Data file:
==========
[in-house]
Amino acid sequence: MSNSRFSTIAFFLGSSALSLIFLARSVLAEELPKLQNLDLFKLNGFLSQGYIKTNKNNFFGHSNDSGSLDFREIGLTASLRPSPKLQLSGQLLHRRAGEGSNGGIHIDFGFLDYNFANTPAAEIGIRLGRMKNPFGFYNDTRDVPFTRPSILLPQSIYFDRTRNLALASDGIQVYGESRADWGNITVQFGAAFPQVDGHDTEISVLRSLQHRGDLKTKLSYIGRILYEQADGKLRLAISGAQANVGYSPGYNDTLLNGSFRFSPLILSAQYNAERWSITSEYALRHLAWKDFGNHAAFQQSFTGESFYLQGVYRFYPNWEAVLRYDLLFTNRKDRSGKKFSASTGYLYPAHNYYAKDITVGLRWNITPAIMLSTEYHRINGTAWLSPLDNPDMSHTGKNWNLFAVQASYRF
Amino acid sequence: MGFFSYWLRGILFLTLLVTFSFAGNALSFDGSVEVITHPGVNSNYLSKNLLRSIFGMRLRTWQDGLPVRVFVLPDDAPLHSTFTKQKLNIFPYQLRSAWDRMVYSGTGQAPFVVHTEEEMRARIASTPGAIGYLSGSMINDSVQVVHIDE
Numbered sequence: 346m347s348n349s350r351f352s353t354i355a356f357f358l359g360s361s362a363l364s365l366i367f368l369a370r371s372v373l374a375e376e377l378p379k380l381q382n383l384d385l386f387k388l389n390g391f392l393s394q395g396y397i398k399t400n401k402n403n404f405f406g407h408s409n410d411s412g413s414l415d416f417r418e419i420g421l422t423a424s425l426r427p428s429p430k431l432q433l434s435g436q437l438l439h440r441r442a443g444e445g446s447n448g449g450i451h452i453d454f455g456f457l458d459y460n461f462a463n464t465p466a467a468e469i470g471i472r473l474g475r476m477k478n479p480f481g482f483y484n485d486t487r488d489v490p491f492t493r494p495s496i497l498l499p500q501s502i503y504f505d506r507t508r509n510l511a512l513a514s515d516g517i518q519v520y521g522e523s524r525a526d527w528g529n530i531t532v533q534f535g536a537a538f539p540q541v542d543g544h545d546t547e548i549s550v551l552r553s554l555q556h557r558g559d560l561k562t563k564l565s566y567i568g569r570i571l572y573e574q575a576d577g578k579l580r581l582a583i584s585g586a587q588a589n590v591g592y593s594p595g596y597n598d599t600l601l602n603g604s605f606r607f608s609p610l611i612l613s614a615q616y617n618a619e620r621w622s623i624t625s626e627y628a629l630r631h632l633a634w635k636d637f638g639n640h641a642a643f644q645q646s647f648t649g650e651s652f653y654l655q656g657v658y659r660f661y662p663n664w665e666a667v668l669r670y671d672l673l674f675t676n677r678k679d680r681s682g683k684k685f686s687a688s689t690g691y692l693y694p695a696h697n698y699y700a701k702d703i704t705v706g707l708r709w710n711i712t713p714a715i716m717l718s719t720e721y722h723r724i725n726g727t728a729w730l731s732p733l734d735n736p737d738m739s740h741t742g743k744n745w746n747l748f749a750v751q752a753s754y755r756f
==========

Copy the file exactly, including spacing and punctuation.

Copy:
[in-house]
Amino acid sequence: MSNSRFSTIAFFLGSSALSLIFLARSVLAEELPKLQNLDLFKLNGFLSQGYIKTNKNNFFGHSNDSGSLDFREIGLTASLRPSPKLQLSGQLLHRRAGEGSNGGIHIDFGFLDYNFANTPAAEIGIRLGRMKNPFGFYNDTRDVPFTRPSILLPQSIYFDRTRNLALASDGIQVYGESRADWGNITVQFGAAFPQVDGHDTEISVLRSLQHRGDLKTKLSYIGRILYEQADGKLRLAISGAQANVGYSPGYNDTLLNGSFRFSPLILSAQYNAERWSITSEYALRHLAWKDFGNHAAFQQSFTGESFYLQGVYRFYPNWEAVLRYDLLFTNRKDRSGKKFSASTGYLYPAHNYYAKDITVGLRWNITPAIMLSTEYHRINGTAWLSPLDNPDMSHTGKNWNLFAVQASYRF
Amino acid sequence: MGFFSYWLRGILFLTLLVTFSFAGNALSFDGSVEVITHPGVNSNYLSKNLLRSIFGMRLRTWQDGLPVRVFVLPDDAPLHSTFTKQKLNIFPYQLRSAWDRMVYSGTGQAPFVVHTEEEMRARIASTPGAIGYLSGSMINDSVQVVHIDE
Numbered sequence: 346m347s348n349s350r351f352s353t354i355a356f357f358l359g360s361s362a363l364s365l366i367f368l369a370r371s372v373l374a375e376e377l378p379k380l381q382n383l384d385l386f387k388l389n390g391f392l393s394q395g396y397i398k399t400n401k402n403n404f405f406g407h408s409n410d411s412g413s414l415d416f417r418e419i420g421l422t423a424s425l426r427p428s429p430k431l432q433l434s435g436q437l438l439h440r441r442a443g444e445g446s447n448g449g450i451h452i453d454f455g456f457l458d459y460n461f462a463n464t465p466a467a468e469i470g471i472r473l474g475r476m477k478n479p480f481g482f483y484n485d486t487r488d489v490p491f492t493r494p495s496i497l498l499p500q501s502i503y504f505d506r507t508r509n510l511a512l513a514s515d516g517i518q519v520y521g522e523s524r525a526d527w528g529n530i531t532v533q534f535g536a537a538f539p540q541v542d543g544h545d546t547e548i549s550v551l552r553s554l555q556h557r558g559d560l561k562t563k564l565s566y567i568g569r570i571l572y573e574q575a576d577g578k579l580r581l582a583i584s585g586a587q588a589n590v591g592y593s594p595g596y597n598d599t600l601l602n603g604s605f606r607f608s609p610l611i612l613s614a615q616y617n618a619e620r621w622s623i624t625s626e627y628a629l630r631h632l633a634w635k636d637f638g639n640h641a642a643f644q645q646s647f648t649g650e651s652f653y654l655q656g657v658y659r660f661y662p663n664w665e666a667v668l669r670y671d672l673l674f675t676n677r678k679d680r681s682g683k684k685f686s687a688s689t690g691y692l693y694p695a696h697n698y699y700a701k702d703i704t705v706g707l708r709w710n711i712t713p714a715i716m717l718s719t720e721y722h723r724i725n726g727t728a729w730l731s732p733l734d735n736p737d738m739s740h741t742g743k744n745w746n747l748f749a750v751q752a753s754y755r756f